Jack Nicholson's been in town. He was here in New York last Thursday and Friday to celebrate the early premiere of his new film, About Schmidt.
Jack -- let's call him Jack; it's easier to type -- had plenty to be happy about. When I left him at the downtown hip spot Man Ray at 4 a.m. on Saturday morning, he was still dirty-dancing with a number of young beauties who were determined to stay in his orbit.
The man is 65 years old, for God's sake! Most actors his age are finished, or at least asleep, by that hour. But not Jack.
Of course, it didn't hurt that About Schmidt was received with such unanimous praise and accolades on the opening night of the New York Film Festival that he's guaranteed an Oscar nomination -- and a very possible win.
His performance as Warren Schmidt, the widower and retiree from Louis Begley's superbly nuanced novel, is mesmerizing. Even when Alexander Payne's deft satire of a movie feels like it's struggling to become nothing less than perfect, Nicholson does magnificent stuff. You can't take your eyes off him.
Because he's made a career for himself as a character actor who's also a leading man, Jack comes to Schmidt with no type-casting baggage. Even with Oscar wins for One Flew Over the Cuckoo's Nest, Terms of Endearment and As Good As It Gets -- and memorable turns in Chinatown, Five Easy Pieces, Prizzi's Honor, Batman, Reds, Hoffa, The Shining and The Last Detail -- nothing prepares you for Schmidt.
When his grieving character sits at his wife's makeup table -- the wife he readily admits he's never understood even after 42 years of marriage -- and starts to put on her cold cream, I'm telling you, Academy Award voters will start plotzing. Who knows what the Hollywood Foreign Press will do. They will kvell.
For all I know, Nicholson is still partying even now. And you know what? He deserves it.
There's more to Schmidt than just Jack -- Kathy Bates, the movie's screenplay and Alexander Payne's direction will all start getting awards and kudos in about six weeks.
But for now, just know that the best American actor of 2002 is Jack Nicholson, hands down.
You can still buy any number of tickets to see the Rolling Stones on tour. Ticketmaster had plenty of them Monday morning -- including 12 seats at 300 bucks apiece for this Friday at FedEx Field outside Washington, D.C. The tickets are in SECTION A4, ROW 20, SEATS 16 TO 27.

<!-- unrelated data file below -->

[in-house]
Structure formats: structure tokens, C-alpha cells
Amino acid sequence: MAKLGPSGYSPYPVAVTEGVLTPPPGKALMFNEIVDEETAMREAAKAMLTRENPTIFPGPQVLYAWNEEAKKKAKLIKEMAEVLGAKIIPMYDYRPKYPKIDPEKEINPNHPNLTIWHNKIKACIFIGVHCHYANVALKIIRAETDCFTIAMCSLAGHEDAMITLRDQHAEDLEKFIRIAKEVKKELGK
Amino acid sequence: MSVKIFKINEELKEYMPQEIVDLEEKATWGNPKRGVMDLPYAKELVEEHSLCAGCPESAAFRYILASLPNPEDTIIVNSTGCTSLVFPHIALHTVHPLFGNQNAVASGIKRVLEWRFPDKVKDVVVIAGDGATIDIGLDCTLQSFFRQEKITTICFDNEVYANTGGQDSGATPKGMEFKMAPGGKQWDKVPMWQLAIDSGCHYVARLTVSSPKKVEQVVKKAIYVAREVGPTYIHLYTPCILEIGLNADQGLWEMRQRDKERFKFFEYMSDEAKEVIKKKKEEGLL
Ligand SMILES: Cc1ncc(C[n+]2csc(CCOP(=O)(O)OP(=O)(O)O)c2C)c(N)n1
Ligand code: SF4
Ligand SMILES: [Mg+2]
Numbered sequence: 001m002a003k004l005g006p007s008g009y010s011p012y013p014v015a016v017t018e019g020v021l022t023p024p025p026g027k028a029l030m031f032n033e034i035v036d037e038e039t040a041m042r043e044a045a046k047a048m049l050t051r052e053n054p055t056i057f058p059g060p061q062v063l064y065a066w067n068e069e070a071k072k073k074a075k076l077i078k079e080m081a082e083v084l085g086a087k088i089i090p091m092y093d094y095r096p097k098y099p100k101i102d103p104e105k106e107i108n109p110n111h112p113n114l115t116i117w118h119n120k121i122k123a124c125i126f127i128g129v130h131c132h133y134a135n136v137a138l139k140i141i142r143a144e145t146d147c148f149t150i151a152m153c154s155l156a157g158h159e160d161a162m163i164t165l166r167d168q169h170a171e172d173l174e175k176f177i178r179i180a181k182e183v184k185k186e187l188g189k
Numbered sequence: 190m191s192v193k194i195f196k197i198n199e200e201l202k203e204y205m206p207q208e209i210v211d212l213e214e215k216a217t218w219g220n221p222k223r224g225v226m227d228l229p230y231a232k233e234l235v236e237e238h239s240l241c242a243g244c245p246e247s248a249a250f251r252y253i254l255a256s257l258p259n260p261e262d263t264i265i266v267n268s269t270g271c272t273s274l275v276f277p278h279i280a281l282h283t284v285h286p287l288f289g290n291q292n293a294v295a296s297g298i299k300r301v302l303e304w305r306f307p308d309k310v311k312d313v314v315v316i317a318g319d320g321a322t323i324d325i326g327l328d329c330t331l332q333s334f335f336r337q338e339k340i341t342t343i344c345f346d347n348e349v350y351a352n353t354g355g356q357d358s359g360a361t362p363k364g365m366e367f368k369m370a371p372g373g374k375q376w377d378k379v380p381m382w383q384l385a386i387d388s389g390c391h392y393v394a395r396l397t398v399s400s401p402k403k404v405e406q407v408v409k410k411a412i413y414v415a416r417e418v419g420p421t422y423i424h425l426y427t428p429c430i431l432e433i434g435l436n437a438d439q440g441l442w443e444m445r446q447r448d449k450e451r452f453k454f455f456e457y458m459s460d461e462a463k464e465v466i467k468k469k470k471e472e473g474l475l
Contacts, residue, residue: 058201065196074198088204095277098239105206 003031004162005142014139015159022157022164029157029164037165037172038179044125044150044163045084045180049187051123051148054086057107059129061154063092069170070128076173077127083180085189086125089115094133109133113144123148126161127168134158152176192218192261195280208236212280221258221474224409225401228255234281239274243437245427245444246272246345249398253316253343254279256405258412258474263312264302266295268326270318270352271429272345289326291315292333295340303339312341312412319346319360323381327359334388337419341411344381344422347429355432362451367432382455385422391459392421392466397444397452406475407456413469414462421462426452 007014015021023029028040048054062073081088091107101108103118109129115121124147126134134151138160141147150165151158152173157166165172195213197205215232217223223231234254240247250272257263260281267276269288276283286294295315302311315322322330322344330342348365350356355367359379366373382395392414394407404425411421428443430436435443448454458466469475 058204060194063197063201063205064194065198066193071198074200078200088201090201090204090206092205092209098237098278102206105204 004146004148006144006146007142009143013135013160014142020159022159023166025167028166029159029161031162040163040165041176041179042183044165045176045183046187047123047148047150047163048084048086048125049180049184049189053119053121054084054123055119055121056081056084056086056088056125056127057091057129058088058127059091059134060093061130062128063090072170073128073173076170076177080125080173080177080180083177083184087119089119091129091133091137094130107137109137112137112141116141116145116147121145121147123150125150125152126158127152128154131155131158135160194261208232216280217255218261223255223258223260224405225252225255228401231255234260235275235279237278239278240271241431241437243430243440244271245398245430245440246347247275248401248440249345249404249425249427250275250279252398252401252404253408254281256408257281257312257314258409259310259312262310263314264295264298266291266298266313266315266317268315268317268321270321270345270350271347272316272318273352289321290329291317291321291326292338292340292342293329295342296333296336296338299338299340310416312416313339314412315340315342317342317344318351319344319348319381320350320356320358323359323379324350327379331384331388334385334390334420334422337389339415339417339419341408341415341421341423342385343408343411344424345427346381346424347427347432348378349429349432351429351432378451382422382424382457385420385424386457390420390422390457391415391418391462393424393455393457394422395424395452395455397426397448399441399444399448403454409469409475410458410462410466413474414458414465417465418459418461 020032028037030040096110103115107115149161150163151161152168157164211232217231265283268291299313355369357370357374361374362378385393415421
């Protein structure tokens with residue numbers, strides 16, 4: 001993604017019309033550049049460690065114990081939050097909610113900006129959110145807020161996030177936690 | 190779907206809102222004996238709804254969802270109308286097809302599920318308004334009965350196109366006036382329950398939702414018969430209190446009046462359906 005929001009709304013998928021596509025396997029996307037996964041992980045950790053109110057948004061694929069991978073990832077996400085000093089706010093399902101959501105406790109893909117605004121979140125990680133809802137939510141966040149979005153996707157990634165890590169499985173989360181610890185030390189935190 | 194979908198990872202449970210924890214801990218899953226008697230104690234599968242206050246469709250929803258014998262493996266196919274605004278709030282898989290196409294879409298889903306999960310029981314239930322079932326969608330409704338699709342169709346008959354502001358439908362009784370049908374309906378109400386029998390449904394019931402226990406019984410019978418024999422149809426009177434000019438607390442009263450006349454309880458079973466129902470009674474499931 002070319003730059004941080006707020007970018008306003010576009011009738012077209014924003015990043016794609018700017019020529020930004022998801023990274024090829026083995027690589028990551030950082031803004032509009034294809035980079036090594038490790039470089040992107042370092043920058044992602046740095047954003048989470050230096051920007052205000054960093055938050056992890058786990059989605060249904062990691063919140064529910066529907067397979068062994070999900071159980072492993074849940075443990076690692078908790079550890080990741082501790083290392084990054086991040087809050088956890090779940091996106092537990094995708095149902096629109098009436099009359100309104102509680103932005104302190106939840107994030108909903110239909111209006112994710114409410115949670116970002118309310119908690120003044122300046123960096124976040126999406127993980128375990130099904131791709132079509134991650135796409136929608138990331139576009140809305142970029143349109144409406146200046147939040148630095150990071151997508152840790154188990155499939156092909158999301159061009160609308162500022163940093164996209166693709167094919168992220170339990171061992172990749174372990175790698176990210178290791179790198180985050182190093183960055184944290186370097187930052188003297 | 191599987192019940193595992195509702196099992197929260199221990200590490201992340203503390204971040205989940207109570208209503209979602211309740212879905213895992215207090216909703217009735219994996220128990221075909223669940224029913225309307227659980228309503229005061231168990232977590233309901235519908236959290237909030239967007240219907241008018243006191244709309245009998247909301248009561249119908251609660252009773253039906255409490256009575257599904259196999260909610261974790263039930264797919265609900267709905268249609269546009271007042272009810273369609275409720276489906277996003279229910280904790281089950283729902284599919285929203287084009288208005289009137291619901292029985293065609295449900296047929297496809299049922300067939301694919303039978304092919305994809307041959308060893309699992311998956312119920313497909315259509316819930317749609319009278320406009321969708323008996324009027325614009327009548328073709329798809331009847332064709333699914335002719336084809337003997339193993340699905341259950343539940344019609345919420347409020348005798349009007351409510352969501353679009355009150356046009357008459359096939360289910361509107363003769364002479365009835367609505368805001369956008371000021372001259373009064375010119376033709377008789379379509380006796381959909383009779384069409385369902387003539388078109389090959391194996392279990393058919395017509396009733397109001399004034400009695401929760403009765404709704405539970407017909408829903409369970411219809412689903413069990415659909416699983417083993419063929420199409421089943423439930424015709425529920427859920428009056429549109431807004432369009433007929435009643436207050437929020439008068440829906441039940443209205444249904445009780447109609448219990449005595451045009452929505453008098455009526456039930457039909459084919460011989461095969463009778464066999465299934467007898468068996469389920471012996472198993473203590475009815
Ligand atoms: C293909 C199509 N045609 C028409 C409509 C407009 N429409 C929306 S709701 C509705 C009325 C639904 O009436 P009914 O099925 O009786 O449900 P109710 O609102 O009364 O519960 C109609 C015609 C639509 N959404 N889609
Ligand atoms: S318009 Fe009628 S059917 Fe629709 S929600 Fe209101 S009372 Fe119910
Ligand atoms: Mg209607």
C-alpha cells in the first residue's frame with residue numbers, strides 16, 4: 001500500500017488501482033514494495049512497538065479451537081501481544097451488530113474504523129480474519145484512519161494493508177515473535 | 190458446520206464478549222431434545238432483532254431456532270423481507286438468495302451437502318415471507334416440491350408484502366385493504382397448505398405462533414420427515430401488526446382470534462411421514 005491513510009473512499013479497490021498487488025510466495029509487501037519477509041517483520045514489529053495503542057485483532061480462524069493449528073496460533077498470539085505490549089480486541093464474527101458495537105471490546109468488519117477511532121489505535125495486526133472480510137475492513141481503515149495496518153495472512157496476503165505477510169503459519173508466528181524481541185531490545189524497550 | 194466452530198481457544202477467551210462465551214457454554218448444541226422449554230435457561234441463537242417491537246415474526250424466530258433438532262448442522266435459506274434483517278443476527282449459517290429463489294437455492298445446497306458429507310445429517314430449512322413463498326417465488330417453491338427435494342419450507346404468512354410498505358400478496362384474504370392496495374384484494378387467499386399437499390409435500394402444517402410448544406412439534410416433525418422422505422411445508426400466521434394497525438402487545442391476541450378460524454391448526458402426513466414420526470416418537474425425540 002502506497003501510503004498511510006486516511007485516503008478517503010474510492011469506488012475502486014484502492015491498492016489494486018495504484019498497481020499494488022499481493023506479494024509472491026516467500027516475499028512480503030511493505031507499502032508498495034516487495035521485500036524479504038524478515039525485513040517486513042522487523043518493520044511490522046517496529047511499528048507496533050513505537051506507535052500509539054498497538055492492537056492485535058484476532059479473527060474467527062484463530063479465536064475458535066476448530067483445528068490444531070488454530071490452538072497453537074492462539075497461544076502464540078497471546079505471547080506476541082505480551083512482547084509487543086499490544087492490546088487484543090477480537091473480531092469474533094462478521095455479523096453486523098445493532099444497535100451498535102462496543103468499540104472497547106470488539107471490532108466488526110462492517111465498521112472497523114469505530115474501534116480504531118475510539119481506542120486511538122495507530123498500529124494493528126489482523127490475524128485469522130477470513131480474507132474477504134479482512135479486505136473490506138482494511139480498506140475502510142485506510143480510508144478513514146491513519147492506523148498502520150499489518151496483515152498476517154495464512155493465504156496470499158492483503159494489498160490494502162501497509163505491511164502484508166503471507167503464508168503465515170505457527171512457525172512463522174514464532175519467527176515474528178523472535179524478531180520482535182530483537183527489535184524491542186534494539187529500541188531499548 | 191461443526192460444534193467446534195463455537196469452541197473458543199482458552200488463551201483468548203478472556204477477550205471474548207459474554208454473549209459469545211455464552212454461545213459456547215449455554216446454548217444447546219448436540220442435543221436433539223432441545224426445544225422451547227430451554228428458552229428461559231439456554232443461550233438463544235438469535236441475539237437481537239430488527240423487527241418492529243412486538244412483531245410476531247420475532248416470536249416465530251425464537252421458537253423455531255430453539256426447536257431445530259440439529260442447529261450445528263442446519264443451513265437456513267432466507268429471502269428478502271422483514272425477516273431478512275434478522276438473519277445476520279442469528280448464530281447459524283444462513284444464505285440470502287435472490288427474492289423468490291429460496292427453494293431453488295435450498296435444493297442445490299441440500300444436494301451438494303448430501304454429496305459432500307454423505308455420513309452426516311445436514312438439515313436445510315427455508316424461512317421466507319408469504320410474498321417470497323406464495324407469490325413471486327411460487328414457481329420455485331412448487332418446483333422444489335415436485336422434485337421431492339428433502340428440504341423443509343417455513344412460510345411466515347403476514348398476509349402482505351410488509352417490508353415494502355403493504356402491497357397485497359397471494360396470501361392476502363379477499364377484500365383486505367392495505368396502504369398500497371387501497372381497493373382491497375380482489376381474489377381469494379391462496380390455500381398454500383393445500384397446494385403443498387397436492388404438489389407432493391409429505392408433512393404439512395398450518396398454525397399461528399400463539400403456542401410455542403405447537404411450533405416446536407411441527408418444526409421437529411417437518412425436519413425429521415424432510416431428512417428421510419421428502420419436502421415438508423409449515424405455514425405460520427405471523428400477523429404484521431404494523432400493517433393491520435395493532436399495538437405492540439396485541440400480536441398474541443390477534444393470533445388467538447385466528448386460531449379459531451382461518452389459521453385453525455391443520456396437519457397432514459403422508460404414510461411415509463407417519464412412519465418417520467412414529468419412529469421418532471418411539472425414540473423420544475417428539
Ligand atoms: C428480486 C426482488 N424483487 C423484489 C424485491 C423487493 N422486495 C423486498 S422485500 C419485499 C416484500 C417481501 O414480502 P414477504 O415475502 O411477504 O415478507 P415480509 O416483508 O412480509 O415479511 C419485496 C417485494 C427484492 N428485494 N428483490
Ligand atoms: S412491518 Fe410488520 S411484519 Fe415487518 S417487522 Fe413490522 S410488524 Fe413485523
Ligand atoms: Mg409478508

Monday night, the Stones are playing a historic show at the Roseland Ballroom here in New York. But there isn't a whisper of it in the local papers. In Monday's New York Post, there's only a passing reference to the group's show on Saturday night in New Jersey.
On Sunday, the New York Daily News' Michael Gross complained about the shabby treatment the press has gotten on this tour. It seems that the Stones's attitude of banning press and alienating rock writers has finally cost them. They're in town -- and no one cares.
Of course, the high ticket prices haven't helped. In cities outside New York, few people want to pay $300 to see a bunch of 60-year-old millionaires play rock and roll, especially in this economy.
This scenario can't be good news at Virgin Records, which is issuing a double-CD greatest-hits Stones package Tuesday called Forty Licks. The company has high expenses because it paid to license tracks from music attorney Allen B. Klein, who controls the rights to all pre-1971 Stones recordings.
If the CD package doesn't sell, Virgin -- which already paid $50 million to Mariah Carey -- may take "forty licks" of its own.
Beverly D'Angelo will soon have a lot of explaining to do the father of her children.
Al Pacino's significant other -- and mother of his toddler twins -- took center stage Saturday night at the Annual Friars' Roast and belted out a pretty dirty ditty for the assembled crowd. Unfortunately, the song is supposed to be used for Comedy Central's broadcast of the event next month.
For the roast skewering comedian Chevy Chase, D'Angelo performed a bawdy number called "I Can't F--- Without Falling In Love." She has a good voice -- you may recall her as Patsy Cline from Coal Miner's Daughter some twenty years ago -- so that didn't surprise anyone.